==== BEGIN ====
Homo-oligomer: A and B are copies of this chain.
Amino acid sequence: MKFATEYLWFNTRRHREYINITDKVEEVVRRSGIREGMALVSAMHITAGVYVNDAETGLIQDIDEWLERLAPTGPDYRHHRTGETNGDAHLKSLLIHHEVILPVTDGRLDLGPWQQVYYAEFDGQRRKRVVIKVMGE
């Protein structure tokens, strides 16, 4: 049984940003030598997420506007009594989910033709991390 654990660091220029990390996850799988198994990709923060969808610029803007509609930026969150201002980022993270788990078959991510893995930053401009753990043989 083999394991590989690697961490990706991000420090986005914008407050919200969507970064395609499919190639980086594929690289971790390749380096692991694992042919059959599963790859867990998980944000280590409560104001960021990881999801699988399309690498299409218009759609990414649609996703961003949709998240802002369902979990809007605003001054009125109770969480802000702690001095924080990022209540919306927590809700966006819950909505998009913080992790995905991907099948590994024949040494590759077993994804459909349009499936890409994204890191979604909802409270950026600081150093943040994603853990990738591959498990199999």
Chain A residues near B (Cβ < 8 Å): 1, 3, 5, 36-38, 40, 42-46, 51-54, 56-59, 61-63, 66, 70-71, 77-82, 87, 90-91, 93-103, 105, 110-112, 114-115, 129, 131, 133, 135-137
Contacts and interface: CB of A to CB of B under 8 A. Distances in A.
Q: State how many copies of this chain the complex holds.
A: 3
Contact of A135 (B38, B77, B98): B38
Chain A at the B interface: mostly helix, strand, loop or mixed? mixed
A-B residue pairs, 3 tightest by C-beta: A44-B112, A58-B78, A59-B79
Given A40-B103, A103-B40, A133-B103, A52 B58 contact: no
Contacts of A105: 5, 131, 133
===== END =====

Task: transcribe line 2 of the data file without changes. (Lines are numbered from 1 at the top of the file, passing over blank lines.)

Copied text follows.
Amino acid sequence: MKFATEYLWFNTRRHREYINITDKVEEVVRRSGIREGMALVSAMHITAGVYVNDAETGLIQDIDEWLERLAPTGPDYRHHRTGETNGDAHLKSLLIHHEVILPVTDGRLDLGPWQQVYYAEFDGQRRKRVVIKVMGE